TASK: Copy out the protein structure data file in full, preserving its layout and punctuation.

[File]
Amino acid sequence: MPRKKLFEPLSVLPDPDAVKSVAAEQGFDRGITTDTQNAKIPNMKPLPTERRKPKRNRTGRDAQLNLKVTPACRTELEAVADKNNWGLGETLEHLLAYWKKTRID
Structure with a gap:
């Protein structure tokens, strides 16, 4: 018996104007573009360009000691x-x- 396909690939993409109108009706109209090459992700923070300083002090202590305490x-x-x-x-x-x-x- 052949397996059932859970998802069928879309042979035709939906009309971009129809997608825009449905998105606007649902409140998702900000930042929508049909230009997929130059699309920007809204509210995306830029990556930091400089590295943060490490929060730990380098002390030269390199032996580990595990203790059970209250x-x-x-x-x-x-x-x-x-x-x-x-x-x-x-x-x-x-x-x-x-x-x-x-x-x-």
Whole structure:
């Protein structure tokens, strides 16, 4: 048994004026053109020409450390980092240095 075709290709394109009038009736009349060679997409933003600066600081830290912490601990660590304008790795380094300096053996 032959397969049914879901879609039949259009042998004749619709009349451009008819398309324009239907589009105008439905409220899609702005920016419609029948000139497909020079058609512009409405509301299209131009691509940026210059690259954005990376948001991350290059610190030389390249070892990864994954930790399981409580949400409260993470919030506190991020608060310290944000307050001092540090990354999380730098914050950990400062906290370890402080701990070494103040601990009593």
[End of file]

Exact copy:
Amino acid sequence: MPRKKLFEPLSVLPDPDAVKSVAAEQGFDRGITTDTQNAKIPNMKPLPTERRKPKRNRTGRDAQLNLKVTPACRTELEAVADKNNWGLGETLEHLLAYWKKTRID
Structure with a gap:
């Protein structure tokens, strides 16, 4: 018996104007573009360009000691x-x- 396909690939993409109108009706109209090459992700923070300083002090202590305490x-x-x-x-x-x-x- 052949397996059932859970998802069928879309042979035709939906009309971009129809997608825009449905998105606007649902409140998702900000930042929508049909230009997929130059699309920007809204509210995306830029990556930091400089590295943060490490929060730990380098002390030269390199032996580990595990203790059970209250x-x-x-x-x-x-x-x-x-x-x-x-x-x-x-x-x-x-x-x-x-x-x-x-x-x-």
Whole structure:
């Protein structure tokens, strides 16, 4: 048994004026053109020409450390980092240095 075709290709394109009038009736009349060679997409933003600066600081830290912490601990660590304008790795380094300096053996 032959397969049914879901879609039949259009042998004749619709009349451009008819398309324009239907589009105008439905409220899609702005920016419609029948000139497909020079058609512009409405509301299209131009691509940026210059690259954005990376948001991350290059610190030389390249070892990864994954930790399981409580949400409260993470919030506190991020608060310290944000307050001092540090990354999380730098914050950990400062906290370890402080701990070494103040601990009593």